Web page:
Looking Into Winning E-Commerce Strategies
When it gets right down to it, what you really want to know is how you can make sure your business succeeds at e-commerce. Getting the e-commerce end of your business off the ground isn't a walk in the park, but it's also not as difficult as you may think — as long as you're using your head.
Test for success
Internet customers are fickle critters. If they get a glimpse of your site before it's totally ready for prime time, they may decide that you don't know what you're doing and never come back. Don't put new pages, new features, new navigation tools — new anything — live on your site until you've tested it again and again. Test it yourself and get your dad and your sister to test it. You'll still find problems, of course, when the public gets its hands on it, but you hope those problems will be sporadic.
No bricks-and-mortar anchor store is generating traffic for you on the Internet. If you want your e-commerce business to become a success, your site has to become a destination, a virtual place where people come for specific reasons. You have to hook your customers; give them reasons to keep coming back to your site repeatedly.
Use advertising, loyalty programs, value-added material (such as an online magazine), and other tricks to reel'em in and keep'em. If you come up with a strong value proposition and flaunt it with your marketing, you will attract and retain customers.
Making your business a household name
Businesses need a lot of care and feeding when they're young, and e-commerce businesses are no exception (even new e-commerce ventures created by 100-year-old companies). You need to build an engaging site that customers want to shop at again and again. Most importantly, you need to build a name that customers recognize.
To build a name, you have to create a strategic marketing plan, which means you have to spend money. However, a marketing plan doesn't mean a whole lot if you put yourself out of business in the process of creating it.
Be careful — people may like you!
Make sure that you build your business — and that's the whole business, not just your Web site — to handle your success. Not only do you need to buy servers and software, but you also may need to develop your shipping department, your accounting systems, and your order processes.
Consider working in phases. Plan to reach a lofty goal, but implement only what you can handle. Here are some tips to help you grow incrementally:
- Lease and don't buy until you can afford it.
- Use e-service providers' inventory and Internet services until you can build your own.
- Promise only what you can deliver and deliver everything you promise.
- Buy what you can now and build the business so that you can easily add more to it later. Moreover, be prepared to add it quickly.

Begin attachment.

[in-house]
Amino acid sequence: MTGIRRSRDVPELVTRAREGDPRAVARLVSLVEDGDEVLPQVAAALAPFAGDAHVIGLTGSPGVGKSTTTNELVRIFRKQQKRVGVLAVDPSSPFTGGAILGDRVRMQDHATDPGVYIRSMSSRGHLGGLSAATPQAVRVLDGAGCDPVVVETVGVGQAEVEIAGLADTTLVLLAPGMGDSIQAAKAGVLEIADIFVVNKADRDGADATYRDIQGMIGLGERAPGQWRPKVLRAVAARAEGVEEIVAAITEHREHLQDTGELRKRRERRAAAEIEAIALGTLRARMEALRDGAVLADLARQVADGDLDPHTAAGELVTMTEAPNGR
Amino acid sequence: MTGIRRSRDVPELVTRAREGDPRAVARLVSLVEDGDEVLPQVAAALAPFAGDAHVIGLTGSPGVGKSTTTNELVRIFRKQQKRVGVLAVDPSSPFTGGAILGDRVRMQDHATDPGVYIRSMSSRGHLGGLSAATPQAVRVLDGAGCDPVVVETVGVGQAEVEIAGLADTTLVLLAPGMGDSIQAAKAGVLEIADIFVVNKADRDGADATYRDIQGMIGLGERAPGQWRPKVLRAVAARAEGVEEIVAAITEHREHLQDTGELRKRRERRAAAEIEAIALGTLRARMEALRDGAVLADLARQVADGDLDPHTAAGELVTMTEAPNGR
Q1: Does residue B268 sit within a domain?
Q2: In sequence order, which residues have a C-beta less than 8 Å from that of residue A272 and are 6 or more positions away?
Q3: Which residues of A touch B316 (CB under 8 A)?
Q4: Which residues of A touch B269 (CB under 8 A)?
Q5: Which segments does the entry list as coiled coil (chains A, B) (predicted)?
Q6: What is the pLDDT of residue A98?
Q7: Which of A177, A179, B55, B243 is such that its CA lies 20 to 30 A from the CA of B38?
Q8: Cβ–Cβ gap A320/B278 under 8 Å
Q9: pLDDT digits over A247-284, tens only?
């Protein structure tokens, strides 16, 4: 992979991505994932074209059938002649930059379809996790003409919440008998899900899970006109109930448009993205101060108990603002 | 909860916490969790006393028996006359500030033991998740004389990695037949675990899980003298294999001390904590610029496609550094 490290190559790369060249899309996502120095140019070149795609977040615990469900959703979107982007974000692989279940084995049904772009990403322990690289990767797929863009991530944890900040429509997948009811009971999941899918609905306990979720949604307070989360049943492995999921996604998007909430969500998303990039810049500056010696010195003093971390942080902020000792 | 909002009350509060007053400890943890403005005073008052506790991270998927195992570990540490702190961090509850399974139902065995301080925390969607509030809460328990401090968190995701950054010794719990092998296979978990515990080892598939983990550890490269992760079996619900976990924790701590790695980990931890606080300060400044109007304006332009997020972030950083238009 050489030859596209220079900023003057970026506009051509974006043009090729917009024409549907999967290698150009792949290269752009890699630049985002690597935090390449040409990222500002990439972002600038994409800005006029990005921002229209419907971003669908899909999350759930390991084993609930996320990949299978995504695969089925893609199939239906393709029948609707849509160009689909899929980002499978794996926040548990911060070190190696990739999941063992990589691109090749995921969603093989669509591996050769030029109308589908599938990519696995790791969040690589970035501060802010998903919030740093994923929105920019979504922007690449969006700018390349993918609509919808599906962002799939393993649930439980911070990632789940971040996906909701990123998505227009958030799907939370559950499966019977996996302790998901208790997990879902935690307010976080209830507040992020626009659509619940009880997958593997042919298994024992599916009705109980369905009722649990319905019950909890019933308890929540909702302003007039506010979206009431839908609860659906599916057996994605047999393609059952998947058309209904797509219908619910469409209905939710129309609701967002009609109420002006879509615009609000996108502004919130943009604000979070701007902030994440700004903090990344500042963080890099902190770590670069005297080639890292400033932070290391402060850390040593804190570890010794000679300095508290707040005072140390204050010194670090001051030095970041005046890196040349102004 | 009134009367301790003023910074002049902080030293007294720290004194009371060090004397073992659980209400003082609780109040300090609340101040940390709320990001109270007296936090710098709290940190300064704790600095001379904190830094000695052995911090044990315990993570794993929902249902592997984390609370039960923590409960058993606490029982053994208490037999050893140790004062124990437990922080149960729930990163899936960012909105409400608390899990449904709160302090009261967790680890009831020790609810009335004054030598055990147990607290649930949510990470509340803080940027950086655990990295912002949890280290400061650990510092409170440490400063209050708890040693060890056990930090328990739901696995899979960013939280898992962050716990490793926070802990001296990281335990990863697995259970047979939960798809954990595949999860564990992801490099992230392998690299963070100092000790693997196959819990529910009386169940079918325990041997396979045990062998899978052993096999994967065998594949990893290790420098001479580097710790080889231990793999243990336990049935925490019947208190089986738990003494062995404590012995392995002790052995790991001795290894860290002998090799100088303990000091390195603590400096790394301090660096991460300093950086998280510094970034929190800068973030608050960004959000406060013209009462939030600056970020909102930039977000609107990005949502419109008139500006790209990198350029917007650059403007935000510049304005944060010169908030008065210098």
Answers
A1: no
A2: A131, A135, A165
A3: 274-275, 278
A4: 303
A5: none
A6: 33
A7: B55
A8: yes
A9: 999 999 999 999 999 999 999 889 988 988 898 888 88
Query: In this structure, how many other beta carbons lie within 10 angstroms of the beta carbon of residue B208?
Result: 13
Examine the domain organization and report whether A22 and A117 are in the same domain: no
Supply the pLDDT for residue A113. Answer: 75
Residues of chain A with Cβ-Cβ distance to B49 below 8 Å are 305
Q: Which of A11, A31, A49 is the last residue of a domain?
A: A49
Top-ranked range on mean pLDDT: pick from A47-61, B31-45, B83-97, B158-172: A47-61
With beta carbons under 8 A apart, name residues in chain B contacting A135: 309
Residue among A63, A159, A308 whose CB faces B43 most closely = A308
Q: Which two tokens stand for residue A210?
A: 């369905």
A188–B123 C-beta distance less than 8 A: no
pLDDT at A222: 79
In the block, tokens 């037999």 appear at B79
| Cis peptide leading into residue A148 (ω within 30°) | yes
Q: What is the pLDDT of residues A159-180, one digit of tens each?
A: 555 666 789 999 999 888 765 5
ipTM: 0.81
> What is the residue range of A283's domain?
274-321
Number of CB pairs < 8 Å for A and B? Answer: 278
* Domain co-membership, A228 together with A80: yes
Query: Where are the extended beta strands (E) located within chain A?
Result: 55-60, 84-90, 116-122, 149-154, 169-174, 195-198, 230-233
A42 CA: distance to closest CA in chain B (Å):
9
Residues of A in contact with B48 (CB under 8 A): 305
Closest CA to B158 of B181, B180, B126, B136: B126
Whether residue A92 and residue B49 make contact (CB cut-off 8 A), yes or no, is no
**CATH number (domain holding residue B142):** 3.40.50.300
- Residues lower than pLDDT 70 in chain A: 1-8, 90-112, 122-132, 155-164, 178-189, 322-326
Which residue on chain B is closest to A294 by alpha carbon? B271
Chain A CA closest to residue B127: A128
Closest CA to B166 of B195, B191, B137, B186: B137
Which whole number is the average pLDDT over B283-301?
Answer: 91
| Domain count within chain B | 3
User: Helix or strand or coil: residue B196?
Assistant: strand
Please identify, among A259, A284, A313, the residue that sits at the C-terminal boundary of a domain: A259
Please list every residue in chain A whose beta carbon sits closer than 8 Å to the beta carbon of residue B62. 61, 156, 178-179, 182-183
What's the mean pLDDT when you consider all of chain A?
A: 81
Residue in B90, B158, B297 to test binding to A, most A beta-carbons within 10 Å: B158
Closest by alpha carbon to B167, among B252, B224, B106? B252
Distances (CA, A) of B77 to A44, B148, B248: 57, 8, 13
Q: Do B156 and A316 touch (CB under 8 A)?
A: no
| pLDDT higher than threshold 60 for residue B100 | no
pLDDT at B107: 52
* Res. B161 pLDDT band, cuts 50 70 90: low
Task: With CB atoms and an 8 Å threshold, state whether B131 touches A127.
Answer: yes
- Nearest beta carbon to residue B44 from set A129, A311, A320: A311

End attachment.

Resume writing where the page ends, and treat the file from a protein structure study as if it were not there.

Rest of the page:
- Make sure that your distributors and other business partners know how successful you plan to be, and make sure that their businesses can handle the load you plan to dump on them.
Calculate Internet time
Get used to thinking in Internet time. If something goes wrong, calculate how much time you think it will take to fix it. Okay, now divide that number by five to see how much Internet time you have. Because things can change so rapidly on the Internet, you need to keep ahead of the curve in a wide variety of areas:
- Keep ahead of what your competitors are doing and how they use the Internet to challenge your market position.
- Stay on top of new technologies that can help your Web site work more effectively or that can give your organization a market edge.
- Continuously look for new areas of process improvement and ways to use your Internet investment to lower costs and increase profits.
- Watch for emerging standards that can help you connect to and cooperate with new customers or improve relationships with existing customers in your supply chain.
- Keep the site fresh and interesting so customers keep coming back.
Get to know your neighbors (and their neighbors, too)
Your neighbors, of course, are the other businesses in the supply chain. You buy your stuff from somebody, who buys the stuff from somebody else, and so on, and so on. It's not enough to just check with your distributor to make sure that he can ship fast enough to keep you supplied with enough products to meet your anticipated sales volume. You should find out about the company he buys from, too. Can his supplier meet your demands? What about the supplier's supplier? And the manufacturer?
Here are some simple indicators:
- Look at lead times. If things are stretching out, a reason exists, and you need to know what it is.
- If prices plummet, find out why. No one has a fire sale without a fire.
- If one of your partners is missing scheduled deliveries, or if its customers are looking for new vendors, you found smoke. Ask for references from several existing customers and discover if they are satisfied customers.
- Find out how long partners' employees have been with the company, especially senior management. Unstable workforces usually translate into unstable businesses.
Use the Internet to save money, too
At its heart, e-commerce is about using the Internet to make money. However, don't forget about the ways e-commerce technologies can save your business cash, too. After all, saving money is almost the same thing as actually earning it. Here are some ideas to make the Internet work for your whole business:
- Use Internet-based e-mail systems to reduce or eliminate the need to maintain your own e-mail system.
- Reduce travel costs with videoconferencing.
- Reduce HR costs by replacing paper forms with HTML forms that talk right to your databases.
- Get into B2B (business-to-business) e-commerce to procure business supplies.
- Use online auctions to purchase office furniture for lots less than retail.